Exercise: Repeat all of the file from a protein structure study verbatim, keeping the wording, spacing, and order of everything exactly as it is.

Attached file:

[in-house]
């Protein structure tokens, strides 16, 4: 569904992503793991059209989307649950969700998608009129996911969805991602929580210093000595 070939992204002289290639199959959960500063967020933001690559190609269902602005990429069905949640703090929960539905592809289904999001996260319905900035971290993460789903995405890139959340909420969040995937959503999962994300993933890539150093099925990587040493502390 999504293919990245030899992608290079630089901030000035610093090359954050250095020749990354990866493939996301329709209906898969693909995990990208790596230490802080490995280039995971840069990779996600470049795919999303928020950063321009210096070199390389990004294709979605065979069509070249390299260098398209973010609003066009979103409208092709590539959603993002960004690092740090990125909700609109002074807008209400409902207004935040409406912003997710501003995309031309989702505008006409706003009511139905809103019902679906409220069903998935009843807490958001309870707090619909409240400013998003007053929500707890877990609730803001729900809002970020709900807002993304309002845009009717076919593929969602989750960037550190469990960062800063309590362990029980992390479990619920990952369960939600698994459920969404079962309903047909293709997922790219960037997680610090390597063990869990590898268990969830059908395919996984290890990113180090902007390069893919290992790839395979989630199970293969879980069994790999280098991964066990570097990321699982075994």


[in-house]
């Protein structure tokens, strides 16, 4: 569904992503793991059209989307649950969700998608009129996911969805991602929580210093000595 070939992204002289290639199959959960500063967020933001690559190609269902602005990429069905949640703090929960539905592809289904999001996260319905900035971290993460789903995405890139959340909420969040995937959503999962994300993933890539150093099925990587040493502390 999504293919990245030899992608290079630089901030000035610093090359954050250095020749990354990866493939996301329709209906898969693909995990990208790596230490802080490995280039995971840069990779996600470049795919999303928020950063321009210096070199390389990004294709979605065979069509070249390299260098398209973010609003066009979103409208092709590539959603993002960004690092740090990125909700609109002074807008209400409902207004935040409406912003997710501003995309031309989702505008006409706003009511139905809103019902679906409220069903998935009843807490958001309870707090619909409240400013998003007053929500707890877990609730803001729900809002970020709900807002993304309002845009009717076919593929969602989750960037550190469990960062800063309590362990029980992390479990619920990952369960939600698994459920969404079962309903047909293709997922790219960037997680610090390597063990869990590898268990969830059908395919996984290890990113180090902007390069893919290992790839395979989630199970293969879980069994790999280098991964066990570097990321699982075994």